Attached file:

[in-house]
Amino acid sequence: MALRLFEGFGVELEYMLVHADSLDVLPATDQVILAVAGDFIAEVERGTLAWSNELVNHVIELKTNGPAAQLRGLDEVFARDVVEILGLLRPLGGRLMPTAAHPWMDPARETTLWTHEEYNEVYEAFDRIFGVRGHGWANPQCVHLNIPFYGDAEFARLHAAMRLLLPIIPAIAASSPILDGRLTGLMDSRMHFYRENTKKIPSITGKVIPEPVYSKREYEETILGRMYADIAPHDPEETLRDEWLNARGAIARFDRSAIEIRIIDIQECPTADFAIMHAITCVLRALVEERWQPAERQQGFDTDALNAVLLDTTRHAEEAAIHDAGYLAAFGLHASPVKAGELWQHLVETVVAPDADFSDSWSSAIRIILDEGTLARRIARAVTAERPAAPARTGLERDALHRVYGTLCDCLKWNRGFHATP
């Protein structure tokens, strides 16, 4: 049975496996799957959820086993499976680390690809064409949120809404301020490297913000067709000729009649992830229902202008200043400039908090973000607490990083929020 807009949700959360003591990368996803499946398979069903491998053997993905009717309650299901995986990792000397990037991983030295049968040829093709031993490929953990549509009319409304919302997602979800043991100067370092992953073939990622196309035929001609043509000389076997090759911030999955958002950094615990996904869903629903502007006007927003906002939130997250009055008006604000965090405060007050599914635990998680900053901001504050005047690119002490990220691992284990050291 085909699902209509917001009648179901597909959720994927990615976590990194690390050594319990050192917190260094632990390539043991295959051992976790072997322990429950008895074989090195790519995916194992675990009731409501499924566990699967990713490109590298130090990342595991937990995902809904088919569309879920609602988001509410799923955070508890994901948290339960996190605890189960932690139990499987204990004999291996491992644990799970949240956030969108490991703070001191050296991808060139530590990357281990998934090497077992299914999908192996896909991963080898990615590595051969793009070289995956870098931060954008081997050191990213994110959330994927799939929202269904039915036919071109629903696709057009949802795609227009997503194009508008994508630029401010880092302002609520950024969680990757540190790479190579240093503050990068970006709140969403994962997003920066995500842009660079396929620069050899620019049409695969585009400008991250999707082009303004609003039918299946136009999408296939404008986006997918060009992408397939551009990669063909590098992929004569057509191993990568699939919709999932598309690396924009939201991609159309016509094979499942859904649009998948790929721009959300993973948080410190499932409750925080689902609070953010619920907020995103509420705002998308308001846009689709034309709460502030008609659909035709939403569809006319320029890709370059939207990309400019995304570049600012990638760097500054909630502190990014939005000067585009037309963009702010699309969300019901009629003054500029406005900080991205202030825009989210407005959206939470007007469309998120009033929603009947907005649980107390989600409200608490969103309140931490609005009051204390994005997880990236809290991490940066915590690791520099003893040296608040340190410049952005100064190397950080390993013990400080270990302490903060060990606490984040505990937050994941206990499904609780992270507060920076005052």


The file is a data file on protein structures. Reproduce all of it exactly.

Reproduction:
[in-house]
Amino acid sequence: MALRLFEGFGVELEYMLVHADSLDVLPATDQVILAVAGDFIAEVERGTLAWSNELVNHVIELKTNGPAAQLRGLDEVFARDVVEILGLLRPLGGRLMPTAAHPWMDPARETTLWTHEEYNEVYEAFDRIFGVRGHGWANPQCVHLNIPFYGDAEFARLHAAMRLLLPIIPAIAASSPILDGRLTGLMDSRMHFYRENTKKIPSITGKVIPEPVYSKREYEETILGRMYADIAPHDPEETLRDEWLNARGAIARFDRSAIEIRIIDIQECPTADFAIMHAITCVLRALVEERWQPAERQQGFDTDALNAVLLDTTRHAEEAAIHDAGYLAAFGLHASPVKAGELWQHLVETVVAPDADFSDSWSSAIRIILDEGTLARRIARAVTAERPAAPARTGLERDALHRVYGTLCDCLKWNRGFHATP
């Protein structure tokens, strides 16, 4: 049975496996799957959820086993499976680390690809064409949120809404301020490297913000067709000729009649992830229902202008200043400039908090973000607490990083929020 807009949700959360003591990368996803499946398979069903491998053997993905009717309650299901995986990792000397990037991983030295049968040829093709031993490929953990549509009319409304919302997602979800043991100067370092992953073939990622196309035929001609043509000389076997090759911030999955958002950094615990996904869903629903502007006007927003906002939130997250009055008006604000965090405060007050599914635990998680900053901001504050005047690119002490990220691992284990050291 085909699902209509917001009648179901597909959720994927990615976590990194690390050594319990050192917190260094632990390539043991295959051992976790072997322990429950008895074989090195790519995916194992675990009731409501499924566990699967990713490109590298130090990342595991937990995902809904088919569309879920609602988001509410799923955070508890994901948290339960996190605890189960932690139990499987204990004999291996491992644990799970949240956030969108490991703070001191050296991808060139530590990357281990998934090497077992299914999908192996896909991963080898990615590595051969793009070289995956870098931060954008081997050191990213994110959330994927799939929202269904039915036919071109629903696709057009949802795609227009997503194009508008994508630029401010880092302002609520950024969680990757540190790479190579240093503050990068970006709140969403994962997003920066995500842009660079396929620069050899620019049409695969585009400008991250999707082009303004609003039918299946136009999408296939404008986006997918060009992408397939551009990669063909590098992929004569057509191993990568699939919709999932598309690396924009939201991609159309016509094979499942859904649009998948790929721009959300993973948080410190499932409750925080689902609070953010619920907020995103509420705002998308308001846009689709034309709460502030008609659909035709939403569809006319320029890709370059939207990309400019995304570049600012990638760097500054909630502190990014939005000067585009037309963009702010699309969300019901009629003054500029406005900080991205202030825009989210407005959206939470007007469309998120009033929603009947907005649980107390989600409200608490969103309140931490609005009051204390994005997880990236809290991490940066915590690791520099003893040296608040340190410049952005100064190397950080390993013990400080270990302490903060060990606490984040505990937050994941206990499904609780992270507060920076005052």